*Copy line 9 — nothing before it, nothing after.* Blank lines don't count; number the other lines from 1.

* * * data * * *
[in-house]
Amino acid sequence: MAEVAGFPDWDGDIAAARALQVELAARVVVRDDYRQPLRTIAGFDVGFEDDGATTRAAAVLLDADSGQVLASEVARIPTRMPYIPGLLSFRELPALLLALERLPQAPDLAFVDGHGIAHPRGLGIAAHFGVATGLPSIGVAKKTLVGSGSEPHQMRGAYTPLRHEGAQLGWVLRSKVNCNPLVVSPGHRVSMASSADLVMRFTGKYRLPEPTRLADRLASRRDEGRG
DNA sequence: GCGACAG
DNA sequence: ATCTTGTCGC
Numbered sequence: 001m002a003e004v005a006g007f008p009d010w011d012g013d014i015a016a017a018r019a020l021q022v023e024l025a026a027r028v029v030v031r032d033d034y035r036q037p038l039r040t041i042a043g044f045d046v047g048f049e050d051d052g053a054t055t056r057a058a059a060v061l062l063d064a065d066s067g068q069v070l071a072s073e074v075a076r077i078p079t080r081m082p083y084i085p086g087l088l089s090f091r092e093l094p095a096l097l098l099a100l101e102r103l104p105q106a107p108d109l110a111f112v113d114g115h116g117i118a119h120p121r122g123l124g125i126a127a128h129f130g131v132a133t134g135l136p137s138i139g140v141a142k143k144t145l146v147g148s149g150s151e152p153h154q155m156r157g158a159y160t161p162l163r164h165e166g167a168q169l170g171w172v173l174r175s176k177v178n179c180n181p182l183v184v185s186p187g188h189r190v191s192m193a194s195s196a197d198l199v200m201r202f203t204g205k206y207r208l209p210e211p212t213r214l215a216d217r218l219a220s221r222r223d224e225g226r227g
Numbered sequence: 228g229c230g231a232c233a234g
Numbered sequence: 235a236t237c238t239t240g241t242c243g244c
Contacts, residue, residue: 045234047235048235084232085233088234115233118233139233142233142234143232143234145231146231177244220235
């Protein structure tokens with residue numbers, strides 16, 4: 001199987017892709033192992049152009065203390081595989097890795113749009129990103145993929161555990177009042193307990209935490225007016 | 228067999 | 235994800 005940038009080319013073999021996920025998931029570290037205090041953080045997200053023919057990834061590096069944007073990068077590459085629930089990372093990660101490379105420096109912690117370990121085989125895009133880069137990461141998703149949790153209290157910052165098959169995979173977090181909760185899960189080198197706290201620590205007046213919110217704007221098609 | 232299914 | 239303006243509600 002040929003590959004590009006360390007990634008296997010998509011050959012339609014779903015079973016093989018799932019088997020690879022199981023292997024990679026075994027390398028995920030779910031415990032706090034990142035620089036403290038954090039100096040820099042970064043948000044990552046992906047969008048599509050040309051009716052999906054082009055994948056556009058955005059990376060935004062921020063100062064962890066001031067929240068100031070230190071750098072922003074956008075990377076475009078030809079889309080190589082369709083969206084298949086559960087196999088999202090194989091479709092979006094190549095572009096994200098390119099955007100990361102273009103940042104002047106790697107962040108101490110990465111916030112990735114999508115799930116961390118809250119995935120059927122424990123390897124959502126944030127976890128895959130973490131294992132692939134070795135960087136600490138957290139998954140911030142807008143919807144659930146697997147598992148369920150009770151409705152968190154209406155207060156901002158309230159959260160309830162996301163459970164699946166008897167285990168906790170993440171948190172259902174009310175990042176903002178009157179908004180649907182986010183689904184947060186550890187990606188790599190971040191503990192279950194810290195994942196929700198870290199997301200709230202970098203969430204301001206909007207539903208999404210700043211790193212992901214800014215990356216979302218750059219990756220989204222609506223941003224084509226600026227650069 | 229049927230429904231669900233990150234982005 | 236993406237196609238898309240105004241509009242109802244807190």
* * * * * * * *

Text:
């Protein structure tokens with residue numbers, strides 16, 4: 001199987017892709033192992049152009065203390081595989097890795113749009129990103145993929161555990177009042193307990209935490225007016 | 228067999 | 235994800 005940038009080319013073999021996920025998931029570290037205090041953080045997200053023919057990834061590096069944007073990068077590459085629930089990372093990660101490379105420096109912690117370990121085989125895009133880069137990461141998703149949790153209290157910052165098959169995979173977090181909760185899960189080198197706290201620590205007046213919110217704007221098609 | 232299914 | 239303006243509600 002040929003590959004590009006360390007990634008296997010998509011050959012339609014779903015079973016093989018799932019088997020690879022199981023292997024990679026075994027390398028995920030779910031415990032706090034990142035620089036403290038954090039100096040820099042970064043948000044990552046992906047969008048599509050040309051009716052999906054082009055994948056556009058955005059990376060935004062921020063100062064962890066001031067929240068100031070230190071750098072922003074956008075990377076475009078030809079889309080190589082369709083969206084298949086559960087196999088999202090194989091479709092979006094190549095572009096994200098390119099955007100990361102273009103940042104002047106790697107962040108101490110990465111916030112990735114999508115799930116961390118809250119995935120059927122424990123390897124959502126944030127976890128895959130973490131294992132692939134070795135960087136600490138957290139998954140911030142807008143919807144659930146697997147598992148369920150009770151409705152968190154209406155207060156901002158309230159959260160309830162996301163459970164699946166008897167285990168906790170993440171948190172259902174009310175990042176903002178009157179908004180649907182986010183689904184947060186550890187990606188790599190971040191503990192279950194810290195994942196929700198870290199997301200709230202970098203969430204301001206909007207539903208999404210700043211790193212992901214800014215990356216979302218750059219990756220989204222609506223941003224084509226600026227650069 | 229049927230429904231669900233990150234982005 | 236993406237196609238898309240105004241509009242109802244807190």